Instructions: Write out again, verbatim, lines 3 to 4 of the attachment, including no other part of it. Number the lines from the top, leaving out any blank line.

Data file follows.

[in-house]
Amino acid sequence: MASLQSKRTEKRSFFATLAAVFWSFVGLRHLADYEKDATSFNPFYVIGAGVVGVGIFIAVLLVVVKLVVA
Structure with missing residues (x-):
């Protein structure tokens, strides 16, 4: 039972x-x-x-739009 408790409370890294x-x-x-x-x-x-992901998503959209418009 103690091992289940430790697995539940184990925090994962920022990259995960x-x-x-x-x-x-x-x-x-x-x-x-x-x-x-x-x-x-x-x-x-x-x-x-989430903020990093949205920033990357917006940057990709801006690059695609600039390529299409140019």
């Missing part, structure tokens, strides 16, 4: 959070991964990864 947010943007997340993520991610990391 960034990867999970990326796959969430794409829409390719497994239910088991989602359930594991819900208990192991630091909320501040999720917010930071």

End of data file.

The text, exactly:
Structure with missing residues (x-):
């Protein structure tokens, strides 16, 4: 039972x-x-x-739009 408790409370890294x-x-x-x-x-x-992901998503959209418009 103690091992289940430790697995539940184990925090994962920022990259995960x-x-x-x-x-x-x-x-x-x-x-x-x-x-x-x-x-x-x-x-x-x-x-x-989430903020990093949205920033990357917006940057990709801006690059695609600039390529299409140019």